Faithlife
Faithlife

Choosing by Faith

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Choosing By Faith (Hebrews 11:24-28)

Nothing is more important than being able to make the right choices in life. In the life of Moses we see faith crowned as the greatest aid in making the right decisions. Moses' life begins another epoch of faith. The faith of the patriarchs represented that epoch in which faith enabled patient maintenance of the unseen hope. But Moses inaugurates that epoch in which faith makes decisive choices, acts on those choices, and changes all history. Moses appears in this chapter because of the great, right choice he made. In sharing with us the choice, the writer also shares with us the secret of making a right choice, and then of carrying through on the right choice.

Faith's Choice Begins with Renunciation

The choices of faith always involved a renunciation. At a critical time when he was forty years old Moses "refused to be called the son of Pharaoh's daughter." The original language dictates this choice was so absolute that Moses would not even allow himself to be so called in private conversation. His renunciation was complete. Ancient sources give Moses incredible stature in Egyptian society. One makes him the inventor of the alphabet. Another indicates that Egypt owed her civilization to him. Philo insists that Moses might have rationalized his choice away by thinking he could do more for the Hebrews by staying in Pharaoh's court and using his influence there. Had he done that, we would never have heard of Moses.

To decide by faith means you must make renunciations throughout life. It is to live on the basis of "things hoped for" and "things not seen." At the forks of the road, is your faith enabling you to make such hard choices?

Faith's Choice Continues with Identification

Whatever specific choice you must make by faith, one thing is certain—that choice will always identify you with the people of God. If your choice by faith—whether vocationally, economically, domestically, or educationally—does not identify you closely with God's visible people, you did not choose by faith. This is the touchstone of any choice faith makes.

Faith enables us to suffer with the people of God. Faith enabled Moses even to see the people of God in the despised Hebrew slaves. To the Egyptian court it was ludicrous to suppose that a slave people would be God's people. Once Moses by faith had seen them to be God's people, he had to identify with them or be guilty of disowning his heritage. His choice of values was clear—he could "enjoy sin for a season" in Egypt or take the consequences of identifying with God's people. Faith always identifies with God's people. Do you?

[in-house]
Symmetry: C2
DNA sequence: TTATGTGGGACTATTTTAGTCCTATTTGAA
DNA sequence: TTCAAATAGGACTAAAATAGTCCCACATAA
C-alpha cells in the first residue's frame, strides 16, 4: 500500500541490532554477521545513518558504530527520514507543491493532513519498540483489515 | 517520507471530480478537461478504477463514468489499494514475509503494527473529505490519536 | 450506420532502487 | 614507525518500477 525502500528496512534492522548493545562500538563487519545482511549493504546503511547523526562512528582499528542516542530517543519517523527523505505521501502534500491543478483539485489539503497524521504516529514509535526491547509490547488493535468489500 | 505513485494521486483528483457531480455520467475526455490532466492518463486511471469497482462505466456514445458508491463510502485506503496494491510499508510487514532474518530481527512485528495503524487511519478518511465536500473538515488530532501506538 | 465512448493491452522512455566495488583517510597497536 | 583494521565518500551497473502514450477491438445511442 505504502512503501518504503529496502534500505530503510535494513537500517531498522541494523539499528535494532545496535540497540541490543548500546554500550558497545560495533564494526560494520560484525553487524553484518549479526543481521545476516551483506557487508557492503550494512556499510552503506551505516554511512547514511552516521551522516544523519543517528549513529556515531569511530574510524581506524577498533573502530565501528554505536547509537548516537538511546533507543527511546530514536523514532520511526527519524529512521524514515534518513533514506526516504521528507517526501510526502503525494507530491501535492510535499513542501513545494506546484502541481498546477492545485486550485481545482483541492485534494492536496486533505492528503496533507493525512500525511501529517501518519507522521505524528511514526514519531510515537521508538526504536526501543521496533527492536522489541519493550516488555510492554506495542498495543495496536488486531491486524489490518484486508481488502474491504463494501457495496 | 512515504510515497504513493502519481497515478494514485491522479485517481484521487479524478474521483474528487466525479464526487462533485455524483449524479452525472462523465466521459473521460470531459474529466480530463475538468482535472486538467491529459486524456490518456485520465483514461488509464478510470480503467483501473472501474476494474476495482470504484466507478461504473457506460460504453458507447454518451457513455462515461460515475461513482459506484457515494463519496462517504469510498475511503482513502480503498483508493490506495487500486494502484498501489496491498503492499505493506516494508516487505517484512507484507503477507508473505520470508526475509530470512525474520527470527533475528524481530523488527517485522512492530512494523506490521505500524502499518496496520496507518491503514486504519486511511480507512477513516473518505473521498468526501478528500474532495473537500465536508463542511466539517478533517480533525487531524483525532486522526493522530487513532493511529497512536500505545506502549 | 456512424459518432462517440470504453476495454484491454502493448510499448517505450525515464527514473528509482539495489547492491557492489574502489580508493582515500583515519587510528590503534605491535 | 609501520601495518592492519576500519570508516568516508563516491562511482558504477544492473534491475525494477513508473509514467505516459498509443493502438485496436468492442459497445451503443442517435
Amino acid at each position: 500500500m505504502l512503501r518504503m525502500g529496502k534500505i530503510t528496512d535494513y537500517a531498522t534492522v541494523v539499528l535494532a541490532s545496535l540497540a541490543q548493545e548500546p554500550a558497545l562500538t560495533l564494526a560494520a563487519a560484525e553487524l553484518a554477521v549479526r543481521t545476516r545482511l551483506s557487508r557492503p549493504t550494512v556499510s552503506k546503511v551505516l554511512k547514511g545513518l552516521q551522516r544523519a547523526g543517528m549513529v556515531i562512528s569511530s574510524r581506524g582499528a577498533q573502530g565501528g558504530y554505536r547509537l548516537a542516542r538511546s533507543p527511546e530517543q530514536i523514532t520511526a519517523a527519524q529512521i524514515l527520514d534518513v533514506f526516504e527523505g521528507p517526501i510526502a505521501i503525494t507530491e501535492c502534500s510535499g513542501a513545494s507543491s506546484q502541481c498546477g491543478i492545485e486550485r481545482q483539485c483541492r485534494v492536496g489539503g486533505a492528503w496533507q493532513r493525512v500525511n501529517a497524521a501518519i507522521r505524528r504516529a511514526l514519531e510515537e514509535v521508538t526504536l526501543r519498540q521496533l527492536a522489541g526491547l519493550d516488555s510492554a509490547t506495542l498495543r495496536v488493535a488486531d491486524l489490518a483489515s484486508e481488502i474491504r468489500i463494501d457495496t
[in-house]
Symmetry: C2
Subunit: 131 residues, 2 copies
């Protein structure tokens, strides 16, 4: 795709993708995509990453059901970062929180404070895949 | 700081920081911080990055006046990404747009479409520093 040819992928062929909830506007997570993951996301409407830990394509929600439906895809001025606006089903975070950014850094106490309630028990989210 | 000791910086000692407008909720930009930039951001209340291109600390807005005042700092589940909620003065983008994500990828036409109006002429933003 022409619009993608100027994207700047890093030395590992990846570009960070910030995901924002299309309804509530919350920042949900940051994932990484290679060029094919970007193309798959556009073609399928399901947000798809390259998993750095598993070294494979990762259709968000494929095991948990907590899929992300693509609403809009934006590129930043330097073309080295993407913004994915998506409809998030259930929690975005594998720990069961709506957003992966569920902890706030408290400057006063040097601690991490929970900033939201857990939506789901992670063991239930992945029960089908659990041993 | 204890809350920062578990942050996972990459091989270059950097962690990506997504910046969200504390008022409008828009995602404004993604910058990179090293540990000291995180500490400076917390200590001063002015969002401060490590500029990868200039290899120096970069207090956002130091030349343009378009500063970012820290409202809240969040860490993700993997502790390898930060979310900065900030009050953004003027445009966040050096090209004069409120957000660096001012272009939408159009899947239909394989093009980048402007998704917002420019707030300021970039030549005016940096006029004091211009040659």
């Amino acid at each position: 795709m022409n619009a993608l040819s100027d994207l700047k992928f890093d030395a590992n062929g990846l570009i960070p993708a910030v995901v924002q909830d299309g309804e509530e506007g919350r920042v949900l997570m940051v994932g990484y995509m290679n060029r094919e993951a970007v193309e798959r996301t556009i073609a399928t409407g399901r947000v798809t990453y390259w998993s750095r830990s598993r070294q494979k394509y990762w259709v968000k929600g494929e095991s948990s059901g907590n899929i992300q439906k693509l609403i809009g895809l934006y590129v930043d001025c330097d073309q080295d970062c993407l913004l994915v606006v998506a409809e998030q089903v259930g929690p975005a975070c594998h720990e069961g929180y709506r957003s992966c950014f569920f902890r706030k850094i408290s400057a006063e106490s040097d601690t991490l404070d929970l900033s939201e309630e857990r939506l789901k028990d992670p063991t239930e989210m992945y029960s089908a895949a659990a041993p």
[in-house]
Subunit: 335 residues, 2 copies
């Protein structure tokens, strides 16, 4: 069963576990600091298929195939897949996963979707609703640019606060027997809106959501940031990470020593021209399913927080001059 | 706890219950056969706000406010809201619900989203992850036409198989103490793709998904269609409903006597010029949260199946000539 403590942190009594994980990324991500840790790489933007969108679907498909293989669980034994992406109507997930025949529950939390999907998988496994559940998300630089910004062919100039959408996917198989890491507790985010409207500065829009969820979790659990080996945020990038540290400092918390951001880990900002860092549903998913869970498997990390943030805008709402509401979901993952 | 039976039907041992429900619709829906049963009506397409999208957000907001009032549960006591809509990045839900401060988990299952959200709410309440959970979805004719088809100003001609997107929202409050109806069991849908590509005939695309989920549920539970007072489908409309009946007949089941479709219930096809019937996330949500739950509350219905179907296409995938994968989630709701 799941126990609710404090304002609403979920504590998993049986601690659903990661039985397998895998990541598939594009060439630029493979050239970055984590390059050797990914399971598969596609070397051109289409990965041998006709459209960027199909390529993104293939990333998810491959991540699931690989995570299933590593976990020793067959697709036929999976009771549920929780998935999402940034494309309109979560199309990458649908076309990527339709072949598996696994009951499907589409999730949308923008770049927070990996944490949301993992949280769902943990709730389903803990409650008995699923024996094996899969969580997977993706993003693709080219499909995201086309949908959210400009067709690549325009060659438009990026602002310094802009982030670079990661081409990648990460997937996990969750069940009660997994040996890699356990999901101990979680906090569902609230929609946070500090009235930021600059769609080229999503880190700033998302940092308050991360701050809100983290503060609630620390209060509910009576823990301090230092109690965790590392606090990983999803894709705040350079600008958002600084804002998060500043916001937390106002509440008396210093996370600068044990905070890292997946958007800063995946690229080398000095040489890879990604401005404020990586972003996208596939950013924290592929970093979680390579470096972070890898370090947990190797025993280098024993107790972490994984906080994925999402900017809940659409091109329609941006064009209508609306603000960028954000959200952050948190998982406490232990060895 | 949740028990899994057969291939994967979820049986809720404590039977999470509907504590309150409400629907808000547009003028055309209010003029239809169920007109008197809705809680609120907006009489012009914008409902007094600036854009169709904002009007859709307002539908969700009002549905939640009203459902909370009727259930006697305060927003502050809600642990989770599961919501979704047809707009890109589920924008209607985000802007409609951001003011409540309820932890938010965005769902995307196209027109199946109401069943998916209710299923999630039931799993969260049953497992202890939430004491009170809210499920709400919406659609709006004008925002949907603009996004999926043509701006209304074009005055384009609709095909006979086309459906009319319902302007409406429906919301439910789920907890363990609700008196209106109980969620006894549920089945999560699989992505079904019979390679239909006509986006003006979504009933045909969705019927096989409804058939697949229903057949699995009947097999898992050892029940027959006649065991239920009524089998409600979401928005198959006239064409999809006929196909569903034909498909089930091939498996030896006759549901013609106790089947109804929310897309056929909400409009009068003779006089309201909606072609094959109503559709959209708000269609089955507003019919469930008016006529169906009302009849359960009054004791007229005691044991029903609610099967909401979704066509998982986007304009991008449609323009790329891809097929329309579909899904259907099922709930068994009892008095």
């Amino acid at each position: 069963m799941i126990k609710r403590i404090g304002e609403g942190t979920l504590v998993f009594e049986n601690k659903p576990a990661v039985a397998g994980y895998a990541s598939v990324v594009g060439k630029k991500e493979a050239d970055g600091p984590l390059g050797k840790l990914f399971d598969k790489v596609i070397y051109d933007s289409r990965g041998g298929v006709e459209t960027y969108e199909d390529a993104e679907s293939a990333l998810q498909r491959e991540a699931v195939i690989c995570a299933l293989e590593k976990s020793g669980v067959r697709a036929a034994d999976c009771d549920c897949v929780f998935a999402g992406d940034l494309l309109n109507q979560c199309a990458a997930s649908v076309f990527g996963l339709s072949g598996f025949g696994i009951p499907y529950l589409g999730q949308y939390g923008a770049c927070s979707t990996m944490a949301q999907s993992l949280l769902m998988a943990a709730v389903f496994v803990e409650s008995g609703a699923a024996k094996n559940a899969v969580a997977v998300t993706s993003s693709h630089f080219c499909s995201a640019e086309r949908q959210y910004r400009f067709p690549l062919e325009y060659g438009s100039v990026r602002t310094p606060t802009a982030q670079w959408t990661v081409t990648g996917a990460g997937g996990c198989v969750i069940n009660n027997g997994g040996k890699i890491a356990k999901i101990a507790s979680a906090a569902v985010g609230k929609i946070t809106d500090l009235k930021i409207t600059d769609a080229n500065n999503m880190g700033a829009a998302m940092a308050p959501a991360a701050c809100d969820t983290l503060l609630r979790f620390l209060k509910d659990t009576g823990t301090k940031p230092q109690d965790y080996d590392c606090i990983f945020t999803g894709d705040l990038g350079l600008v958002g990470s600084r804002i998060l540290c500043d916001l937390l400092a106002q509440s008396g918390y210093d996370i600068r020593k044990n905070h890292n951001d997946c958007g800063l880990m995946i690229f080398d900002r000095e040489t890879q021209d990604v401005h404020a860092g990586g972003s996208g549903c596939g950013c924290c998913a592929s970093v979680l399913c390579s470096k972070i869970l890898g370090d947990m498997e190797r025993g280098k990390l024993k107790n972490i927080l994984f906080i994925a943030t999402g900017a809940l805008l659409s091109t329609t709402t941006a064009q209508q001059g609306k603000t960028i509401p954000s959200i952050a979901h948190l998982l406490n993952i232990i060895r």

Faith enables us to bear the stigma of God's people. The choice of identity with God's people always bears a stigma when it is truly made. In some ways Moses bore "the reproach of Christ." Moses chose by anticipation to share in the sufferings of Christ. This may mean that the exodus was typical of or prefigured the greater redemption of Christ. Perhaps it means that Moses bore the same reproach at the hand of the Egyptians that Christ bore at the hands of the Jews. It certainly means that Moses endured the stigma the world always reserves for those who sacrifice a life of comfort and advancement for a life of the apparent uncertainties of faith. How can one do this? Moses did this by keeping his attention fixed on the reward in the invisible world. Remember, faith can only operate when it is certain that God is a Rewarder of those that seek Him (v. 6).

Faith enables us to live with patient courage. Moses' first attempt at bringing about an exodus failed miserably (Ex. 2). He had to flee to Midian for forty years in the "backside of the desert" (3:1, KJV). Faith gave Moses the patience to abandon his attempt to do God's work in Moses' way. At first Moses was the right man with the right mission doing it the wrong way. Faith enabled Moses to accept a life in inaction in the wilderness while waiting for God's hour to strike. Perhaps this is the hardest choice that faith must make—to wait on God when we would do otherwise.

Faith's Choice Gives a Demonstration

The celebration of Passover in Egypt (v. 28) was a great demonstration of Moses' faith. Here Moses burned his bridges behind him. To shut people inside their houses with blood on the doorposts and to wait quietly for the mighty intervention of God was the total risk of faith. If God acted, all was won. If God did not act, all was lost. The faith that renounces and the faith that identifies is also the faith that will risk everything on the intervention of God at the crucial moment.

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